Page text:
The efficacy of sewage influent-isolated bacteriophages on Pseudomonas aeruginosa in a mixed-species biofilm

Handle URI:
http://hdl.handle.net/10754/621991
Title:
The efficacy of sewage influent-isolated bacteriophages on Pseudomonas aeruginosa in a mixed-species biofilm
Authors:
Yap, Scott ( 0000-0002-8026-9194 )
Abstract:
The growth of environmentally persistent biofilms in cooling towers causes several associated problems, including microbiologically-induced corrosion (MIC) and biofouling. Current chemical control methods are not only ineffective against biofilms and costly to procure, they also have downstream environmental impacts when released untreated, or incur additional treatment costs. Bacteriophages are alternative biofilm control agents that have the potential to be more effective, cheaper to produce and yet have a more benign effect on the environment. In this study, biofilms grown under conditions simulating seawater fed cooling towers were characterized and the differences in growth and community make-up across time and different substrates were assessed. An MIC associated bacterium common in cooling tower water, P. aeruginosa, was chosen. Seven bacteriophage strains found to be effective against the chosen bacterium were isolated from wastewater influent. The relative effectiveness of these strains was measured against P. aeruginosa across different salinities. Separate biofilms fed with P. aeruginosa enriched seawater were characterized and the effectiveness of the isolated strains, singly and in cocktails, against the enriched biofilms was measured.
Advisors:
Hong, Pei-Ying ( 0000-0002-4474-6600 )
Committee Member:
Saikaly, Pascal ( 0000-0001-7678-3986 ) ; Pain, Arnab ( 0000-0002-1755-2819 )
KAUST Department:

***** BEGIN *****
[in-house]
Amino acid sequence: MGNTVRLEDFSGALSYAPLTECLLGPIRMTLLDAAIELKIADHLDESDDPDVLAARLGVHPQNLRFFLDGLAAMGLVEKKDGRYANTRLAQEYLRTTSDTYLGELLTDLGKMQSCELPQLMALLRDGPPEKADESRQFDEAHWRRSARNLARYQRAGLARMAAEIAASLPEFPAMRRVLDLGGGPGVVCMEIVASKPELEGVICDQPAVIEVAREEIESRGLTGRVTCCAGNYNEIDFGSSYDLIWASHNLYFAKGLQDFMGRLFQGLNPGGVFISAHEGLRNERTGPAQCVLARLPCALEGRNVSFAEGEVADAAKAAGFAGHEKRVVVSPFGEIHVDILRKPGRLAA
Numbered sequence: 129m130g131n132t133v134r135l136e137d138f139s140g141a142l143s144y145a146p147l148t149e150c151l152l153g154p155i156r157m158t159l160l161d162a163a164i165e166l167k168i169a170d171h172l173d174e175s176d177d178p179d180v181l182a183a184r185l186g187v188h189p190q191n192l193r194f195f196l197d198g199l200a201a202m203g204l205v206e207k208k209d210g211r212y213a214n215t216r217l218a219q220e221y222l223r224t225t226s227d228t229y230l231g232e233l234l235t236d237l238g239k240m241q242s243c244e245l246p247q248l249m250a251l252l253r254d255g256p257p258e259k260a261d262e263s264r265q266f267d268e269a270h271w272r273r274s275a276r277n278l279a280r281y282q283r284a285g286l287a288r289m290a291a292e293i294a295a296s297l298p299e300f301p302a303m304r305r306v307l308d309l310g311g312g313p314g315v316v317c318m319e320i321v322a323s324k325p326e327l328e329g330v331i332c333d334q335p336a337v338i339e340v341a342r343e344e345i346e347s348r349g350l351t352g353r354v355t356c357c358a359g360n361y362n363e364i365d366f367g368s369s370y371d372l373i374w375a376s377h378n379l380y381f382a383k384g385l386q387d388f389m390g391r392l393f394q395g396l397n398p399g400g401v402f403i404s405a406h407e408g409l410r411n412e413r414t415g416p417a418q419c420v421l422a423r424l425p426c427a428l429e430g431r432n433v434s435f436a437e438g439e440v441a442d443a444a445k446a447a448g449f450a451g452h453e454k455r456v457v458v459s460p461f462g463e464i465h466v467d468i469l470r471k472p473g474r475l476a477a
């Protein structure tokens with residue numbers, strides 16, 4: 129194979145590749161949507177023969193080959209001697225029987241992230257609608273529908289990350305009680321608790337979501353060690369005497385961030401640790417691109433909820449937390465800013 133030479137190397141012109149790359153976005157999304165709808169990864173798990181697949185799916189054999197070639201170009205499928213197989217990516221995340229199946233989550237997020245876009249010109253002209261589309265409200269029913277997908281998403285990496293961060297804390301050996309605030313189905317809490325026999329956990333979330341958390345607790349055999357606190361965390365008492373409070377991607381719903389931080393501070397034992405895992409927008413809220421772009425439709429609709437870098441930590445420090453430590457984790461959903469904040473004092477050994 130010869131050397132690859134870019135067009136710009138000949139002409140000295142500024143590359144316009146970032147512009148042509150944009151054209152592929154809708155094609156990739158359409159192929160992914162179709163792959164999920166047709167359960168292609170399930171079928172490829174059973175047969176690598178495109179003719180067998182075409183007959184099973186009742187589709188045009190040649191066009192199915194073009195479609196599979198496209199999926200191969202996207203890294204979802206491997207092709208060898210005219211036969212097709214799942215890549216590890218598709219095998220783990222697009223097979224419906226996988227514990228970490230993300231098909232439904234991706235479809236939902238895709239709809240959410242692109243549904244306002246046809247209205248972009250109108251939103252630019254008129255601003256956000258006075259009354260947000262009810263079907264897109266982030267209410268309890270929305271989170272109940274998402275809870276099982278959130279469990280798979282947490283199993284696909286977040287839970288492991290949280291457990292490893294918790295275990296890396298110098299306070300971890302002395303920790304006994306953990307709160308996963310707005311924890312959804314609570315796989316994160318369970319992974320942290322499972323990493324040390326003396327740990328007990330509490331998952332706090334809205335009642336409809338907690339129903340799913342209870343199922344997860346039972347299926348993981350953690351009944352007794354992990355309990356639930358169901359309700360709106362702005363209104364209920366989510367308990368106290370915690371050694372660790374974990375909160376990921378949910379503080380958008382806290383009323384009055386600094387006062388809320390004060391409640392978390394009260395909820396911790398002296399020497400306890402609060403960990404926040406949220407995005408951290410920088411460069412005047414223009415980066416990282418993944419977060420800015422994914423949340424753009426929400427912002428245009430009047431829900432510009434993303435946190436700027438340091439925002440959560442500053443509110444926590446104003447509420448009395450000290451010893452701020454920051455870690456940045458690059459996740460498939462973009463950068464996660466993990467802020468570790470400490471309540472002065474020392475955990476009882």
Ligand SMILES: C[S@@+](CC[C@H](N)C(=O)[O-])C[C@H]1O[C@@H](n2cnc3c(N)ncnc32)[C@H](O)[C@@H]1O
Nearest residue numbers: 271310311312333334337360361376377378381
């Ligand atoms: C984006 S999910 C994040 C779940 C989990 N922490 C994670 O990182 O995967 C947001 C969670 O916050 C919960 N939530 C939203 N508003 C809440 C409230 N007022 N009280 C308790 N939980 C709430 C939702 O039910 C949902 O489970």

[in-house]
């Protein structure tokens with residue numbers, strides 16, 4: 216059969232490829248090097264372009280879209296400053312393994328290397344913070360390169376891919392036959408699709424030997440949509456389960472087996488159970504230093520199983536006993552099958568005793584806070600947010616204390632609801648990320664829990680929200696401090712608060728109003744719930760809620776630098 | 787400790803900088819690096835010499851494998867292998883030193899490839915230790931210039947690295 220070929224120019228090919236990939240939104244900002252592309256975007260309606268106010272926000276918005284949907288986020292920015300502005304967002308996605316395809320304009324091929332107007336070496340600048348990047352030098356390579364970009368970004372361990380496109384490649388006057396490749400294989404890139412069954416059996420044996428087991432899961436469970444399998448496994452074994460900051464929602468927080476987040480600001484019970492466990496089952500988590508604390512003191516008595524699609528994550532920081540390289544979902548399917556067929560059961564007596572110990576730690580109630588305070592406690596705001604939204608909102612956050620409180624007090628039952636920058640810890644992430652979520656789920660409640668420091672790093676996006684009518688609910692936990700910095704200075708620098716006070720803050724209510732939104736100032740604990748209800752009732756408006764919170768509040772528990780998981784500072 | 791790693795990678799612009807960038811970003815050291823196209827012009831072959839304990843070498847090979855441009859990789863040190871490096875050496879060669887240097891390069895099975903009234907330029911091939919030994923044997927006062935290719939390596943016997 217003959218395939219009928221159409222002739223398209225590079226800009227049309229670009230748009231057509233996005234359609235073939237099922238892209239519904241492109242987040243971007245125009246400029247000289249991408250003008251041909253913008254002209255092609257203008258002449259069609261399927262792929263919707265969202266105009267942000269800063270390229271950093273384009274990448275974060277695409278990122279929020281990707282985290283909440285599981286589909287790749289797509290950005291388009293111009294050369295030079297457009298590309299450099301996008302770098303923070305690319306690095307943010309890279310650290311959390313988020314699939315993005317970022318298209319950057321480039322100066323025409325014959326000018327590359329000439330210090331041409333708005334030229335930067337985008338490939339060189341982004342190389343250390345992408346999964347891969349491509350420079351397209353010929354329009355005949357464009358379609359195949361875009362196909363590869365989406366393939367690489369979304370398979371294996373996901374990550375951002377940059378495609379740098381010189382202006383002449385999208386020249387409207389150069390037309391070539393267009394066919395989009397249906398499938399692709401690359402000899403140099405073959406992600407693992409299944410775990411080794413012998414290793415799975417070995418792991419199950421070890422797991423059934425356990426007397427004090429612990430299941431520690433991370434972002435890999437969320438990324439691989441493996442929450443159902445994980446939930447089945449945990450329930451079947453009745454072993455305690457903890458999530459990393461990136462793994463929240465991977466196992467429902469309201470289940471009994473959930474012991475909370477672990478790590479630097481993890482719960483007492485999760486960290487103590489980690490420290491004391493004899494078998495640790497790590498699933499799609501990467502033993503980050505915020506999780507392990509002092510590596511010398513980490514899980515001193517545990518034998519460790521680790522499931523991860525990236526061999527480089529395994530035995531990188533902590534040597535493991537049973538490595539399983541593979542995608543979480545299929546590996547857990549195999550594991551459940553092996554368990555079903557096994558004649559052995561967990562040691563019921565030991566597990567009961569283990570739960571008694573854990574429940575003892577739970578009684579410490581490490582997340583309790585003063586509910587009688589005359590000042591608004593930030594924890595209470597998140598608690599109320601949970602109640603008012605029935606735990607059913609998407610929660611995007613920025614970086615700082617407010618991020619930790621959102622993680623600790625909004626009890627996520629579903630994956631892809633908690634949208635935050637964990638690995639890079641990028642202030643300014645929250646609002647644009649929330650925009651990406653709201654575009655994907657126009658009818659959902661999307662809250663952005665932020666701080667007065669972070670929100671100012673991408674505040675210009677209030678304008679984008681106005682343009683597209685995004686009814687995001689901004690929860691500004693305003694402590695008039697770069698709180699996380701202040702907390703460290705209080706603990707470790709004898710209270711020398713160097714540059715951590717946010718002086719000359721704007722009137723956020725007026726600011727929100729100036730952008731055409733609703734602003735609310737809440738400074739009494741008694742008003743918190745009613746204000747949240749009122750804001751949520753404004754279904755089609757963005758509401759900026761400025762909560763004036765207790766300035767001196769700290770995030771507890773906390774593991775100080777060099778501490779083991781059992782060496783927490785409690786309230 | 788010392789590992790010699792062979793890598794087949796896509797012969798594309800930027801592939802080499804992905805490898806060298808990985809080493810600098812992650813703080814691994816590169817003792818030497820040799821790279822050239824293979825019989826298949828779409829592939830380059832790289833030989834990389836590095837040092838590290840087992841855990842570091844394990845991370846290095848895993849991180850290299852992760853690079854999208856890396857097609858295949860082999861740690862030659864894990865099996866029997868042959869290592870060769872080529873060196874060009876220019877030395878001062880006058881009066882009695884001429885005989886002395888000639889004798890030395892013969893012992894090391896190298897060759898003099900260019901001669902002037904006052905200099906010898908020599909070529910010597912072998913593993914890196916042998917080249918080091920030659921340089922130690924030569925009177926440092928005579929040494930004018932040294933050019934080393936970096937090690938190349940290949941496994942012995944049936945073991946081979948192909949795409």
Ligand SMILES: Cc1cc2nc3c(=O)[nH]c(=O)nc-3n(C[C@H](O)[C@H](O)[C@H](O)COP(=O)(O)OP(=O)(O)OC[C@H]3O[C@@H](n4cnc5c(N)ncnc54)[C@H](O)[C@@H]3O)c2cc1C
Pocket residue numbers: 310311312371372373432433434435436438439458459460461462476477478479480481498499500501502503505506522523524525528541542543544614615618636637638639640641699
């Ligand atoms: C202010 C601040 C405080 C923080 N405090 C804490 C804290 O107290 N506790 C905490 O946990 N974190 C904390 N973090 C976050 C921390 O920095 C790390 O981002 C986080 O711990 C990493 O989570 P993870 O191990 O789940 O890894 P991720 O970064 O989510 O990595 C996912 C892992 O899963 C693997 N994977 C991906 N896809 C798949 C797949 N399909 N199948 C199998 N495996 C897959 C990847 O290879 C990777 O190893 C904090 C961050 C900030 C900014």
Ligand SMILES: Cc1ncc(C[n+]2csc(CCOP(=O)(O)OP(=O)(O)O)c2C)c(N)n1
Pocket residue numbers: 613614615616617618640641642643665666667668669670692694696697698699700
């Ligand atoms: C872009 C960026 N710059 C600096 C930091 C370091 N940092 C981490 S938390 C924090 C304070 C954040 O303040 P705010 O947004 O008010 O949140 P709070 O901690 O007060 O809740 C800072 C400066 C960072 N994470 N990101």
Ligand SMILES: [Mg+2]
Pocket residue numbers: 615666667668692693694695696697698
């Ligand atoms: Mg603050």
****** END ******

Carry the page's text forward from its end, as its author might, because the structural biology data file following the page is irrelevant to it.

Biological and Environmental Sciences and Engineering (BESE) Division
Program:
Environmental Science and Engineering
Issue Date:
Dec-2016
Type:
Thesis
Appears in Collections:
Theses

Full metadata record

DC FieldValue Language
dc.contributor.advisorHong, Pei-Yingen
dc.contributor.authorYap, Scotten
dc.date.accessioned2016-12-11T06:08:13Z-
dc.date.available2016-12-11T06:08:13Z-
dc.date.issued2016-12-
dc.identifier.urihttp://hdl.handle.net/10754/621991-
dc.description.abstractThe growth of environmentally persistent biofilms in cooling towers causes several associated problems, including microbiologically-induced corrosion (MIC) and biofouling. Current chemical control methods are not only ineffective against biofilms and costly to procure, they also have downstream environmental impacts when released untreated, or incur additional treatment costs. Bacteriophages are alternative biofilm control agents that have the potential to be more effective, cheaper to produce and yet have a more benign effect on the environment. In this study, biofilms grown under conditions simulating seawater fed cooling towers were characterized and the differences in growth and community make-up across time and different substrates were assessed. An MIC associated bacterium common in cooling tower water, P. aeruginosa, was chosen. Seven bacteriophage strains found to be effective against the chosen bacterium were isolated from wastewater influent. The relative effectiveness of these strains was measured against P. aeruginosa across different salinities. Separate biofilms fed with P. aeruginosa enriched seawater were characterized and the effectiveness of the isolated strains, singly and in cocktails, against the enriched biofilms was measured.en
dc.language.isoenen
dc.subjectBiocorrosionen
dc.subjectPhagesen
dc.subjectBiofilmen
dc.subjectSeawateren
dc.subjectPseudomonas aeruginosaen
dc.titleThe efficacy of sewage influent-isolated bacteriophages on Pseudomonas aeruginosa in a mixed-species biofilmen
dc.typeThesisen
dc.contributor.departmentBiological and Environmental Sciences and Engineering (BESE) Divisionen
thesis.degree.grantorKing Abdullah University of Science and Technologyen_GB
dc.contributor.committeememberSaikaly, Pascalen
dc.contributor.committeememberPain, Arnaben
thesis.degree.disciplineEnvironmental Science and Engineeringen
thesis.degree.nameMaster of Scienceen
dc.person.id142814en
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